By John C. Marston ’13 & Brett Mejia ’13
The Arizona legislature’s passage of Senate Bill 1070 April 20 set off a wave of rhetoric and sparked a national debate on immigration.
The main point for both opposition and support is the provision in the bill that allows law enforcement the right to ask people when reasonable suspicion exists if they are in the country illegally. Proponents of the bill say it will lead to a lower flow of immigration into the state and will save government revenue.
“Senate Bill 1070 isn’t a new immigration law or creating any new authorities,” said State Rep. Steve Montenegro in an interview with The Roundup. “It is telling certain Arizona counties that you can’t prevent a police officer from acting on laws.”
Rep. Montenegro said 1070 is a response to national authorities not enforcing immigration laws.
He spoke of the plight of undocumented immigrants as not a cultural or ethnic problem, but a matter of enforcing the rule of law.
Critics of the bill say it will lead to systematic racial profiling, burden the taxpayer and enable a climate of fear.
“Remember, it’s not just 1070,” said Arizona Congressman Raúl M. Grijalva (D-7) to Esquire Magazine.
Rep. Grijalva has called for an economic boycott of the state to show opposition to the bill. Rep. Grijalva said the banning of ethnic studies programs in public schools, the Arizona Department of Education’s decree to schools that teachers with “heavy” or “ungrammatical” accents are no longer allowed to teach English and the calls for the repeal of the Fourteenth Amendment all have snowballed into making brown skinned individuals unwelcome in the state.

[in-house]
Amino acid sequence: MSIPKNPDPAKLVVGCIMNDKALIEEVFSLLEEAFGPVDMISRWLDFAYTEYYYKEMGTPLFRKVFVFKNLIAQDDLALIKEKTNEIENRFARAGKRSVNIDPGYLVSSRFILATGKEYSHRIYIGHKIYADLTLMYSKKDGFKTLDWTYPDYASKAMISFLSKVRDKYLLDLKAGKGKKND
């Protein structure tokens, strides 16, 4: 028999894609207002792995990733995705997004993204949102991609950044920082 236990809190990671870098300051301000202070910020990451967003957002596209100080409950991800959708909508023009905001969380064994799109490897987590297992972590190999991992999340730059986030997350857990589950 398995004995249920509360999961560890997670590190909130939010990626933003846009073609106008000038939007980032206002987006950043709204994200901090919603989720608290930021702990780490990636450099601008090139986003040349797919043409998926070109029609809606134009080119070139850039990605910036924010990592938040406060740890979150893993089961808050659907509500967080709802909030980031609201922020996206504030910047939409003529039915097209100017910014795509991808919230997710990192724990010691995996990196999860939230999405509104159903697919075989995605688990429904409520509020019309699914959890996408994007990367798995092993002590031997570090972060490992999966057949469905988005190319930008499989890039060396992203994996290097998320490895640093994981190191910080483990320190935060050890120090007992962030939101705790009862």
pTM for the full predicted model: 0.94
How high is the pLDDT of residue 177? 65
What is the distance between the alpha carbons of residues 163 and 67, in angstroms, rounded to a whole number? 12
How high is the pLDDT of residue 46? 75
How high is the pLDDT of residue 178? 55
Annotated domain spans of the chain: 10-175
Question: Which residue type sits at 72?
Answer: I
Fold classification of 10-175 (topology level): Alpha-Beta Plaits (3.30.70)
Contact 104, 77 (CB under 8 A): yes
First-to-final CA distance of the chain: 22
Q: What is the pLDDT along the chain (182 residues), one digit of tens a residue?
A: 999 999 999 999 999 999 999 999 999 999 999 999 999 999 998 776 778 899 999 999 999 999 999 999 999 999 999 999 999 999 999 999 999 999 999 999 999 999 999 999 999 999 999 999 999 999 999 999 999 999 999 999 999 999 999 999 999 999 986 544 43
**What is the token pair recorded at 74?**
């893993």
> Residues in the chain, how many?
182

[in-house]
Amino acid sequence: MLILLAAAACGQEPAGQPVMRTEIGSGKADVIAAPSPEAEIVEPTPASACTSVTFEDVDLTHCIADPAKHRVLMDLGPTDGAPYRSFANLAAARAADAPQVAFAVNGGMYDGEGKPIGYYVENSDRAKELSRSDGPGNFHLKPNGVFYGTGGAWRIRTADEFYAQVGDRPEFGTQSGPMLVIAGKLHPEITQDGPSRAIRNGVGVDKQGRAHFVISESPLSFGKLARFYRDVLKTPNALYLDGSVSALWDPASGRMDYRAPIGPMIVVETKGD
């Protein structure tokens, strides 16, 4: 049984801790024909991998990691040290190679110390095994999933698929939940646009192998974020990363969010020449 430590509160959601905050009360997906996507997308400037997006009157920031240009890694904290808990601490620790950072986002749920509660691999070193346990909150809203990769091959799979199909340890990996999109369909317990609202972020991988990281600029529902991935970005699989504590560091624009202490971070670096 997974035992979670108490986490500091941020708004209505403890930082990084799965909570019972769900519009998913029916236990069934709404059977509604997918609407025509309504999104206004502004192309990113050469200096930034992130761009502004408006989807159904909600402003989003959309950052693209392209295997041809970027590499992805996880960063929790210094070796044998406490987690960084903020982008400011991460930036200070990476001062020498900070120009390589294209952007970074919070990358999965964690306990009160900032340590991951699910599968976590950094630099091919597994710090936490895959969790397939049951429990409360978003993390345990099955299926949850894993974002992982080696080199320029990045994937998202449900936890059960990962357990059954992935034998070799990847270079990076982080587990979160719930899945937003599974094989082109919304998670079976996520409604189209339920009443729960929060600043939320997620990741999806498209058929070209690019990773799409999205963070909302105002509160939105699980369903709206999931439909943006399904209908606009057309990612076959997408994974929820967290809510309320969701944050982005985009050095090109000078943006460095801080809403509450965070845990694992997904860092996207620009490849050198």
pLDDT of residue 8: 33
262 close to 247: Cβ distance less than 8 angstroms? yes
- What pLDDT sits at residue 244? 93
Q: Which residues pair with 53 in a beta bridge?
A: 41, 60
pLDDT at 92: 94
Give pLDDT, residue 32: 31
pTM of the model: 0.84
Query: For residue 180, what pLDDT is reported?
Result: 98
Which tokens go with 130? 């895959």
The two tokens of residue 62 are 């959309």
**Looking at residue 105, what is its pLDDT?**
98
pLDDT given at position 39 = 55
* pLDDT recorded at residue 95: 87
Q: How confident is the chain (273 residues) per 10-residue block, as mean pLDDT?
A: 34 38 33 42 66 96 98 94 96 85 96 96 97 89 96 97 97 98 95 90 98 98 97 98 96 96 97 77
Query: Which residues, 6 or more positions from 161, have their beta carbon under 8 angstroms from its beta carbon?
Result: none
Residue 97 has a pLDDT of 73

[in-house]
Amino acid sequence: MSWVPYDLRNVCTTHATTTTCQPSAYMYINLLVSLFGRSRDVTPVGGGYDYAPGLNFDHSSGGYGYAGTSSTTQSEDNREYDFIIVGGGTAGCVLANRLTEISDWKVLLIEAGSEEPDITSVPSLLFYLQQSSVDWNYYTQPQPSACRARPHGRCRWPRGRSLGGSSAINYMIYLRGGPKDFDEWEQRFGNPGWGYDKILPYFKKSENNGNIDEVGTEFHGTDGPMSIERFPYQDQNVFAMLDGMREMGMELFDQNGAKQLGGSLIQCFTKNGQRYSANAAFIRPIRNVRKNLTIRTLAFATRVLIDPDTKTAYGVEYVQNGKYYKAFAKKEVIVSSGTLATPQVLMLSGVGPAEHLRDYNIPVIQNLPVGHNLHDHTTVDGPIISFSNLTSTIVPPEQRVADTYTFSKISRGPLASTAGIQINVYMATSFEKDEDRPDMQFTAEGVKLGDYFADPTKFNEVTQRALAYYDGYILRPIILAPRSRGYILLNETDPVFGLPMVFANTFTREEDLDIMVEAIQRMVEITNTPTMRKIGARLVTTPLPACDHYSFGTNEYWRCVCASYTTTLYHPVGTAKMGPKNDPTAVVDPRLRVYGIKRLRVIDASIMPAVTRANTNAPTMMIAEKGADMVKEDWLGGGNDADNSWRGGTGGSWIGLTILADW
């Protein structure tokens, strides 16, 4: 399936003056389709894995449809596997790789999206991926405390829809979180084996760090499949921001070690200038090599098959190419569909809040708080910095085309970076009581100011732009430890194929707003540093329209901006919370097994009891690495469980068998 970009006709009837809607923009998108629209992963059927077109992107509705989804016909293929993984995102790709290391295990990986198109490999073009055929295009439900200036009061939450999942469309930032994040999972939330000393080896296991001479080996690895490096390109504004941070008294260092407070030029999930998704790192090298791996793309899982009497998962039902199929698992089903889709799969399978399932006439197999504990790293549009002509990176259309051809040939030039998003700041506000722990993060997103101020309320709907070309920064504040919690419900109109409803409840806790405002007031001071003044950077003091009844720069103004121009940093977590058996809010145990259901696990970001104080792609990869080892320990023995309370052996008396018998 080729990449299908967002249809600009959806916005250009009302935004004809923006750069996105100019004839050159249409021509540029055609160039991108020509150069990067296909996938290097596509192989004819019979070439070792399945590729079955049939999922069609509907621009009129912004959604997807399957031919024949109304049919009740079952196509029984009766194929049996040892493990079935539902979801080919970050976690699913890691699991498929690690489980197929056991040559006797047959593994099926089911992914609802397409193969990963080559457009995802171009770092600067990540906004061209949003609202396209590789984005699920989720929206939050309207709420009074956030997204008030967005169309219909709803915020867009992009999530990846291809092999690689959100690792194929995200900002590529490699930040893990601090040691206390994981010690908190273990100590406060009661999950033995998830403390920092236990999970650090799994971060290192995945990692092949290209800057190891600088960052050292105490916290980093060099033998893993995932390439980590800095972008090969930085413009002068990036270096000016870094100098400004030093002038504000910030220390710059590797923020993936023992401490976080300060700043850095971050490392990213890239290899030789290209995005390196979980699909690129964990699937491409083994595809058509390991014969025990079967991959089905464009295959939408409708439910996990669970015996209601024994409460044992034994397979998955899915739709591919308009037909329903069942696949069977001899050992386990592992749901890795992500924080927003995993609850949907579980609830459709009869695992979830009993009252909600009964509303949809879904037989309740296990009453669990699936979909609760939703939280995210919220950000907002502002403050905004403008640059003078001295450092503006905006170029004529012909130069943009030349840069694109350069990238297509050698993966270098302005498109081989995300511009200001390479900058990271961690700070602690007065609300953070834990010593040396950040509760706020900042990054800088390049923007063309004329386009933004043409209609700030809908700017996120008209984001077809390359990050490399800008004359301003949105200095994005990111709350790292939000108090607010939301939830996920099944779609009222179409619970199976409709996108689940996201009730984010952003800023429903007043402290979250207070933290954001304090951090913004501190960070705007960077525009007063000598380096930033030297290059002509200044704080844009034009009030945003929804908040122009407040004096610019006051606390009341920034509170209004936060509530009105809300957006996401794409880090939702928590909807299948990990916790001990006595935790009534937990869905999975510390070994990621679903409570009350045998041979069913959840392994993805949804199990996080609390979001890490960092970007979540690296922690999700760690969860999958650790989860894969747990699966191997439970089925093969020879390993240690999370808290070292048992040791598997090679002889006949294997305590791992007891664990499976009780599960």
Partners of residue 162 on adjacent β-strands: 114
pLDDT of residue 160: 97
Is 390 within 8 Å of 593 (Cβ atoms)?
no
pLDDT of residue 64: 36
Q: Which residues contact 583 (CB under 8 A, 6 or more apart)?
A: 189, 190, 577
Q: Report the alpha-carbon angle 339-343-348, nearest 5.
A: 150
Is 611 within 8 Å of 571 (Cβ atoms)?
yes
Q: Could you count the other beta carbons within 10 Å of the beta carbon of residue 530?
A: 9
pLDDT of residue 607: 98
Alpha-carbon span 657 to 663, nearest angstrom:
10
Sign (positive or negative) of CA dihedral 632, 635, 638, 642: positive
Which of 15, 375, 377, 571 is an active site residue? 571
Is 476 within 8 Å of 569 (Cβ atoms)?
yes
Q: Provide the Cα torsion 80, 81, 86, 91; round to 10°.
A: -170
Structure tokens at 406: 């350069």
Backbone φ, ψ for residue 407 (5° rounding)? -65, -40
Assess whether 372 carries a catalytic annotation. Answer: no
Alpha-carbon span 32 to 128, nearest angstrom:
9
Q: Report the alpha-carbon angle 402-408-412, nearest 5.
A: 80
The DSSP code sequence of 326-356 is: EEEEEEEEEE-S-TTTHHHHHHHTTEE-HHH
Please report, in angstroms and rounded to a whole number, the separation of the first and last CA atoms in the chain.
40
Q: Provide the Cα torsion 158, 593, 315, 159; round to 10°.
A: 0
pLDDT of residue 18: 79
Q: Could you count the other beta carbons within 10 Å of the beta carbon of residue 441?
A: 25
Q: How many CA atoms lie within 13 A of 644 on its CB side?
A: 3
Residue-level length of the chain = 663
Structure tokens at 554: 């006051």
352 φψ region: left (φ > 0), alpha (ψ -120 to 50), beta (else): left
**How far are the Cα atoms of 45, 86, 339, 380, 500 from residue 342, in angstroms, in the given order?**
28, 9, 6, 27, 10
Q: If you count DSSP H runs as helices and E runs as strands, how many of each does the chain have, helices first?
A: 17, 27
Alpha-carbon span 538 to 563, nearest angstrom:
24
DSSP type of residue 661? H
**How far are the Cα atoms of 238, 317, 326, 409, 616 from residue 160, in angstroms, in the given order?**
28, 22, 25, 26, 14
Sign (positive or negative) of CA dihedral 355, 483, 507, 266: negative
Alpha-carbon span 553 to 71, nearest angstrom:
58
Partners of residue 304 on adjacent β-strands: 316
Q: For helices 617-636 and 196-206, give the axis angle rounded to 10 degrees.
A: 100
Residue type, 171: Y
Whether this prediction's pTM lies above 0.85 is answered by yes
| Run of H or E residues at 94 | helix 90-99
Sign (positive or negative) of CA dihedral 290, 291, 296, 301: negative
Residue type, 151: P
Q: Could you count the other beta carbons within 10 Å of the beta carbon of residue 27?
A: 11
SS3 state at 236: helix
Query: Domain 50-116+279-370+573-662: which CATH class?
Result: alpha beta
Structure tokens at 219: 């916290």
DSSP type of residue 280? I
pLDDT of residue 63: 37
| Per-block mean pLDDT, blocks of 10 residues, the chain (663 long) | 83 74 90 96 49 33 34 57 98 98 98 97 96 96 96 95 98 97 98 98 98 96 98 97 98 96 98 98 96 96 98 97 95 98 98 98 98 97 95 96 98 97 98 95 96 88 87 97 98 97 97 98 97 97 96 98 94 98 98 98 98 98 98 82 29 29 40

Several leading civil-rights groups have sued Arizona over the law, including the federal Justice Department. The law suit was filed on July 6.
One main argument against the bill is that immigration is a federal issue. The racial profiling clause is also present in many lawsuits.
On July 28, 2010, Federal Judge Susan Bolton temporarily repealed hotly-debated sections of the bill, including the “reasonable suspicion” clause and the provision allowing the questioning of a prisoners’ immigration status. Other sections were left to stand.
These include a clause making it illegal for an undocumented worker to solicit work in a public place or work in Arizona and incriminates citizens who hire undocumented workers.
The bill’s constitutionality will be appealed up through the courts and could eventually reach the U.S. Supreme Court.
SB1070 creates fear, tension in community – http://wp.me/pIfpv-Aa
Reports, claims vary on SB1070’s economic impact – http://wp.me/pIfpv-zV
Staff Editorial: Immigration bill fails to solve issue – http://wp.me/pIfpv-zI
SB1070 promotes bigoted rhetoric – http://wp.me/pIfpv-zz
SB1070 defends Arizona borders – http://wp.me/pIfpv-zw